Artificial Intelligence is nothing without transparency

Artificial Intelligence is nothing without transparency
It is undeniably a complex moment for the world of science for many reasons, including and above all internal ones. The scientific method has been repeatedly put "under stress" by a pandemic that has generated misunderstandings, tensions and frictions due to the need for rapid results in the presence of methods that cannot be rapid. In the months in which we find ourselves hearing daily proclamations about the upcoming vaccines, a new criticism rains down on the head of the AI ​​algorithms that Google would like to propose for reading mammograms.

AI is transparent

The accusation is not related to the method itself, considered fascinating and potentially useful, but to the way it was presented and proposed. The criticism made relates to the fact that Google's proposal is not reproducible and therefore Science cannot make it its own: it cannot work on it, it cannot validate its effectiveness, it cannot use studies that can optimize its effectiveness.
Google, for its part, defends itself by explaining that some aspects cannot be "open" to science by virtue of special needs, for example to protect the intellectual property and technologies of the group. However, this creates a problem which, besides being obviously very practical, is also a problem of principle: if science cannot reproduce a method and a result, then it cannot validate a path or make it its own. It can accept it, as an artifact in itself, but it cannot consider it part of a scientific method and shared knowledge.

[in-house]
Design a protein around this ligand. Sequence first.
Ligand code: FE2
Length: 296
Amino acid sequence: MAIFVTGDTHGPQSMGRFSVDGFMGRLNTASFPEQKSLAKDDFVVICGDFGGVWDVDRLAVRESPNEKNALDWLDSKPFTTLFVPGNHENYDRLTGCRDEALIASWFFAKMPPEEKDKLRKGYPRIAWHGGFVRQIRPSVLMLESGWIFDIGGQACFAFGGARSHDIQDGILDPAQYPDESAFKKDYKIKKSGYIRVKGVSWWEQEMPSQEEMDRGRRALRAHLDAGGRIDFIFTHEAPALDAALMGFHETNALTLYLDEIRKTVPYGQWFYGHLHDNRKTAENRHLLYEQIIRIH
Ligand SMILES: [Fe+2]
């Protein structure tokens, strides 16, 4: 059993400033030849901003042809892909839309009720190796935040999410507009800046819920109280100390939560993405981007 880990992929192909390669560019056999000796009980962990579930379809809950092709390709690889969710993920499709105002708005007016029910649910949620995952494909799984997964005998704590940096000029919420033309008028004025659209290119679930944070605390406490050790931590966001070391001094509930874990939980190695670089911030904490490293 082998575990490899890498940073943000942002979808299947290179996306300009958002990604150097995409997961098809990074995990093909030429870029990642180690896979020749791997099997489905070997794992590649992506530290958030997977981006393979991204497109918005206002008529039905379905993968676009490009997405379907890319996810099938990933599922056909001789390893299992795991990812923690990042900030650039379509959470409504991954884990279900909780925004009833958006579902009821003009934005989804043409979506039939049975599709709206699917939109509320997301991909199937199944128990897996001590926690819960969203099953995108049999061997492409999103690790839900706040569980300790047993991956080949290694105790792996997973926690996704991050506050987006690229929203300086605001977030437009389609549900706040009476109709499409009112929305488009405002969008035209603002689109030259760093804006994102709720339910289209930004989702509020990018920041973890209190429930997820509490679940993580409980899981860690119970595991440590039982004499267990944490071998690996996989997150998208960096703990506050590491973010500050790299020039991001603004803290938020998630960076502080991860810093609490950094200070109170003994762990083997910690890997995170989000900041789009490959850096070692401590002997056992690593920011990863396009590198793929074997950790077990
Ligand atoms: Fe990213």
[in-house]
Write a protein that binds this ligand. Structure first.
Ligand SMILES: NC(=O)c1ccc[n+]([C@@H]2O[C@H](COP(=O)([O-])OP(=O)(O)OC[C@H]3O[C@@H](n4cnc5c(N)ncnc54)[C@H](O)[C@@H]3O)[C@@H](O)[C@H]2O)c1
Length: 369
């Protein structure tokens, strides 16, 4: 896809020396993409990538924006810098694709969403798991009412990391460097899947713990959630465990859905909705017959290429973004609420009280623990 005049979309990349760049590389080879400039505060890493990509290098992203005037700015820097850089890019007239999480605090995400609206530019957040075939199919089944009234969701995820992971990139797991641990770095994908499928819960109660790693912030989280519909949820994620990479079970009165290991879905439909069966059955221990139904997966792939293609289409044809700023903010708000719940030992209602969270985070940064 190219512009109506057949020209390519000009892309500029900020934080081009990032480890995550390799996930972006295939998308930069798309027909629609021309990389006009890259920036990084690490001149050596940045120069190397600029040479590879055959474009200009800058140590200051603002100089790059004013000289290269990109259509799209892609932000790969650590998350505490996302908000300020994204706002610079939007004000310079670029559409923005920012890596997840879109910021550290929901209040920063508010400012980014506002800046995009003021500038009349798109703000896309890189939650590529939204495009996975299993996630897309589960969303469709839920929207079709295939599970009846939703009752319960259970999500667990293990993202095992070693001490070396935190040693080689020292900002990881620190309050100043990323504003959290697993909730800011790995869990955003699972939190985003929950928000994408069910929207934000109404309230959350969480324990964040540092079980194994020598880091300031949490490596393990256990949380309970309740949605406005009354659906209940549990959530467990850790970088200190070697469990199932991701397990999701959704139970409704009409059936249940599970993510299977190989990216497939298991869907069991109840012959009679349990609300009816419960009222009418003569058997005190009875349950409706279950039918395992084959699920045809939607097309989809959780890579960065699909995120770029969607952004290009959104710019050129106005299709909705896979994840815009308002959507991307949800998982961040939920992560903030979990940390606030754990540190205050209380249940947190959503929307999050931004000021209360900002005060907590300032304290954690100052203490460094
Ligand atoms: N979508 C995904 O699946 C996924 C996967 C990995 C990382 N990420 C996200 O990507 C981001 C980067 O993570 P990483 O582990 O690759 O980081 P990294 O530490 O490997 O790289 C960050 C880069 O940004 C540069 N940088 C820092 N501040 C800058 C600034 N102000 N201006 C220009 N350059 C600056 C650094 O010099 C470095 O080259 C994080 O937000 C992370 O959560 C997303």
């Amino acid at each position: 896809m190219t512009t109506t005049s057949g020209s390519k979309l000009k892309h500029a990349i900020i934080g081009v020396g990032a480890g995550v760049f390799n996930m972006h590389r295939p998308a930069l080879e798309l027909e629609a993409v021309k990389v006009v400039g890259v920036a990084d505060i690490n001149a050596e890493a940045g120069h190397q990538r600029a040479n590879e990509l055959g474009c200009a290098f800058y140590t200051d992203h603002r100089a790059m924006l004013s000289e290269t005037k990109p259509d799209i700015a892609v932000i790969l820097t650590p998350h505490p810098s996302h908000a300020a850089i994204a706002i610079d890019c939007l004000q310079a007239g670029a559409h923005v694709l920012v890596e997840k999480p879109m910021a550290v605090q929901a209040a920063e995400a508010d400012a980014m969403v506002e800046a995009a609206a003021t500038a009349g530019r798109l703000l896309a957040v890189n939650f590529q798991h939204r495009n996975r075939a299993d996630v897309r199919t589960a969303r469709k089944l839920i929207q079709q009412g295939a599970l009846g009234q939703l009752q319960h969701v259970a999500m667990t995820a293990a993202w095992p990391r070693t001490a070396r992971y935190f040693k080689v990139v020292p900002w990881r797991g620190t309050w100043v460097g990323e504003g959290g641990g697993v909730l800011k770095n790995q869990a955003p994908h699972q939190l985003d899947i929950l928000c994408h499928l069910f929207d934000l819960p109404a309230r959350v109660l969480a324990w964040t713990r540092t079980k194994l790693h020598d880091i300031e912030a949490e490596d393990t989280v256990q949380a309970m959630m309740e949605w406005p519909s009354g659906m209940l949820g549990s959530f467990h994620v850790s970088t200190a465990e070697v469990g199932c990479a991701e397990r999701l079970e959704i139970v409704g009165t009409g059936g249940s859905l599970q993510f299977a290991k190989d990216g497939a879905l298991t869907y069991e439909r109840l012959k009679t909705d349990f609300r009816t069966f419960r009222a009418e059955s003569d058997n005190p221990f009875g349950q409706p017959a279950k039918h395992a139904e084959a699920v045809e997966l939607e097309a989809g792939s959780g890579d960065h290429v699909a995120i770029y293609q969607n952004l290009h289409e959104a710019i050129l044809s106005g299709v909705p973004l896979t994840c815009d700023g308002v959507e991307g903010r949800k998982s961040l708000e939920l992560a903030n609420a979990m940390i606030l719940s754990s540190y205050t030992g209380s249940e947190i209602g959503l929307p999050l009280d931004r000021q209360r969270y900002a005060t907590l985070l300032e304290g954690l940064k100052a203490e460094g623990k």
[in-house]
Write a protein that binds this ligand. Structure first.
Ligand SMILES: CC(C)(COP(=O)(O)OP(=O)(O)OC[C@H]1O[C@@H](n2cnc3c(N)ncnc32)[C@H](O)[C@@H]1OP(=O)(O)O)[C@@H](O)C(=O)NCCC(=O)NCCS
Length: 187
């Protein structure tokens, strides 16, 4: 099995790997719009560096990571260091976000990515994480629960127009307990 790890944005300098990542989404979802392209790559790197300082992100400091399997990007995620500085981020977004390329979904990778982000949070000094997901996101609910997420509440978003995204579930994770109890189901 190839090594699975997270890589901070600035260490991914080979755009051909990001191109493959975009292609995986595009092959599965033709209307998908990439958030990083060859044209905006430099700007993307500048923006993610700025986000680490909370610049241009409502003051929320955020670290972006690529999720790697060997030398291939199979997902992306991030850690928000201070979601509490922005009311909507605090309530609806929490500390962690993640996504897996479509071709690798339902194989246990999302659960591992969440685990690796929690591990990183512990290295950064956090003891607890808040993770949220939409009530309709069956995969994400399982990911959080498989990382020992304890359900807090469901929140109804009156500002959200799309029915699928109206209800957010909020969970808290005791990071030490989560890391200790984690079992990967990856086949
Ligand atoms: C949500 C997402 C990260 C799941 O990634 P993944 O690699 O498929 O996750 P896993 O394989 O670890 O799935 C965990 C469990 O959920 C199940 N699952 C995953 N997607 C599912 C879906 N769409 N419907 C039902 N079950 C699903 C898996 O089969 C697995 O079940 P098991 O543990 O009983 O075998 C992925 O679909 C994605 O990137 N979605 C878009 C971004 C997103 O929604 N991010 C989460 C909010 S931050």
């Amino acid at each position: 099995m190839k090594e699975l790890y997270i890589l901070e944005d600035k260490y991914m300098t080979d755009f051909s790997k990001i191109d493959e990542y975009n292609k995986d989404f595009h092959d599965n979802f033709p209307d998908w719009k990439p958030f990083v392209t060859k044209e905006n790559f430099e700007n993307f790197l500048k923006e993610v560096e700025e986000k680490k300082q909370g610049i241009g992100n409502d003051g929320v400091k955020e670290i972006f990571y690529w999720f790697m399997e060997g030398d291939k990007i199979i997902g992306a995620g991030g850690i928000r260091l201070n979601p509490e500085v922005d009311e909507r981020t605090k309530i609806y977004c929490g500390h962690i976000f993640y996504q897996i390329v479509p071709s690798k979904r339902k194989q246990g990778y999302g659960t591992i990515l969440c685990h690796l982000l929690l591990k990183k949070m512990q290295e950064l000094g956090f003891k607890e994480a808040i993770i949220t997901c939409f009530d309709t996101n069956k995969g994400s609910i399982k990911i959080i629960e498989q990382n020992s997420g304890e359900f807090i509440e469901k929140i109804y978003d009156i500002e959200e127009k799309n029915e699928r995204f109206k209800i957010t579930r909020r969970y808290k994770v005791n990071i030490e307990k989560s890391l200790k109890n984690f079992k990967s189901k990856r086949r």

The article, published in Nature, explains that the reasons given by Google are in themselves acceptable, but at the same time considers the approach taken by Mountain View to be wrong: if a process cannot be made accessible , we need at least to devise systems that allow scientists to analyze and verify, “allowing peer-review of studies and their evidence”.

The hopes placed on AI in the medical field are extremely high. In this specific case, Google boasts a method capable of reading mammograms with a greater capacity than the eye and human expertise, reducing false positives and increasing general diagnostic capabilities. In order to make these potentials structural, however, AI must be able to be screened and made its own by science, as Galileo Galilei taught the world centuries ago. Faced with Artificial Intelligence, Galileo's principles are more solid than ever and science needs to prove to itself that it can also cope with this important evolution.

Source: Nature

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